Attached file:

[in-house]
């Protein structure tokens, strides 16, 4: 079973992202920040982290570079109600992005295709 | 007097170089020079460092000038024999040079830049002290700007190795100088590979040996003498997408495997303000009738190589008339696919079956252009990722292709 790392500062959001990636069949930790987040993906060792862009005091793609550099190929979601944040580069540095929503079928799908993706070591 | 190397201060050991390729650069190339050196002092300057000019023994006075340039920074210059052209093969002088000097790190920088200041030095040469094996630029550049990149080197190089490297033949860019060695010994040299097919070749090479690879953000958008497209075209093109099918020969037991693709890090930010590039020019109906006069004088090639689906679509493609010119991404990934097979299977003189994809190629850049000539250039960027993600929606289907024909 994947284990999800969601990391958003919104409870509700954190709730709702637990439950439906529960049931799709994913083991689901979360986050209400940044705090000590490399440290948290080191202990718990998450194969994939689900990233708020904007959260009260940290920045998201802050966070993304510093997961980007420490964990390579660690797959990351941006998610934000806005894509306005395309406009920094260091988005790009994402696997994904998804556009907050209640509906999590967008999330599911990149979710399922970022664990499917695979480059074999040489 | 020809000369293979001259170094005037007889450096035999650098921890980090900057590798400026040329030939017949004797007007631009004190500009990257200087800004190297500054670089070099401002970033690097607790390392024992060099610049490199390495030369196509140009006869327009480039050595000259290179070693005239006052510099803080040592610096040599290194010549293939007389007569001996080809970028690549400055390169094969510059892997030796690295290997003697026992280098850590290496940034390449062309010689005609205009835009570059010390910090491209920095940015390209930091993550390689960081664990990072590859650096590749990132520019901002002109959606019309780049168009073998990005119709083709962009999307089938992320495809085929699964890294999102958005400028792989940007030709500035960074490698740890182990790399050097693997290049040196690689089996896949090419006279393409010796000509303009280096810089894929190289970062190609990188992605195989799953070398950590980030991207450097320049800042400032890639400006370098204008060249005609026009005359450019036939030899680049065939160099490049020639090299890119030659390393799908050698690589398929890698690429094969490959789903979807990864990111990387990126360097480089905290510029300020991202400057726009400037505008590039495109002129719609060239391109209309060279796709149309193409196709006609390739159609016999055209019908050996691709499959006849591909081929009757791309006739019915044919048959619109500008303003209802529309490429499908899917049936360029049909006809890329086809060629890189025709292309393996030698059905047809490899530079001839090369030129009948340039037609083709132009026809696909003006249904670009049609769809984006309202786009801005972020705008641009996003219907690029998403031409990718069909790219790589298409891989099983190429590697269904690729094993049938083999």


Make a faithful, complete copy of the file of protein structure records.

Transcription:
[in-house]
């Protein structure tokens, strides 16, 4: 079973992202920040982290570079109600992005295709 | 007097170089020079460092000038024999040079830049002290700007190795100088590979040996003498997408495997303000009738190589008339696919079956252009990722292709 790392500062959001990636069949930790987040993906060792862009005091793609550099190929979601944040580069540095929503079928799908993706070591 | 190397201060050991390729650069190339050196002092300057000019023994006075340039920074210059052209093969002088000097790190920088200041030095040469094996630029550049990149080197190089490297033949860019060695010994040299097919070749090479690879953000958008497209075209093109099918020969037991693709890090930010590039020019109906006069004088090639689906679509493609010119991404990934097979299977003189994809190629850049000539250039960027993600929606289907024909 994947284990999800969601990391958003919104409870509700954190709730709702637990439950439906529960049931799709994913083991689901979360986050209400940044705090000590490399440290948290080191202990718990998450194969994939689900990233708020904007959260009260940290920045998201802050966070993304510093997961980007420490964990390579660690797959990351941006998610934000806005894509306005395309406009920094260091988005790009994402696997994904998804556009907050209640509906999590967008999330599911990149979710399922970022664990499917695979480059074999040489 | 020809000369293979001259170094005037007889450096035999650098921890980090900057590798400026040329030939017949004797007007631009004190500009990257200087800004190297500054670089070099401002970033690097607790390392024992060099610049490199390495030369196509140009006869327009480039050595000259290179070693005239006052510099803080040592610096040599290194010549293939007389007569001996080809970028690549400055390169094969510059892997030796690295290997003697026992280098850590290496940034390449062309010689005609205009835009570059010390910090491209920095940015390209930091993550390689960081664990990072590859650096590749990132520019901002002109959606019309780049168009073998990005119709083709962009999307089938992320495809085929699964890294999102958005400028792989940007030709500035960074490698740890182990790399050097693997290049040196690689089996896949090419006279393409010796000509303009280096810089894929190289970062190609990188992605195989799953070398950590980030991207450097320049800042400032890639400006370098204008060249005609026009005359450019036939030899680049065939160099490049020639090299890119030659390393799908050698690589398929890698690429094969490959789903979807990864990111990387990126360097480089905290510029300020991202400057726009400037505008590039495109002129719609060239391109209309060279796709149309193409196709006609390739159609016999055209019908050996691709499959006849591909081929009757791309006739019915044919048959619109500008303003209802529309490429499908899917049936360029049909006809890329086809060629890189025709292309393996030698059905047809490899530079001839090369030129009948340039037609083709132009026809696909003006249904670009049609769809984006309202786009801005972020705008641009996003219907690029998403031409990718069909790219790589298409891989099983190429590697269904690729094993049938083999």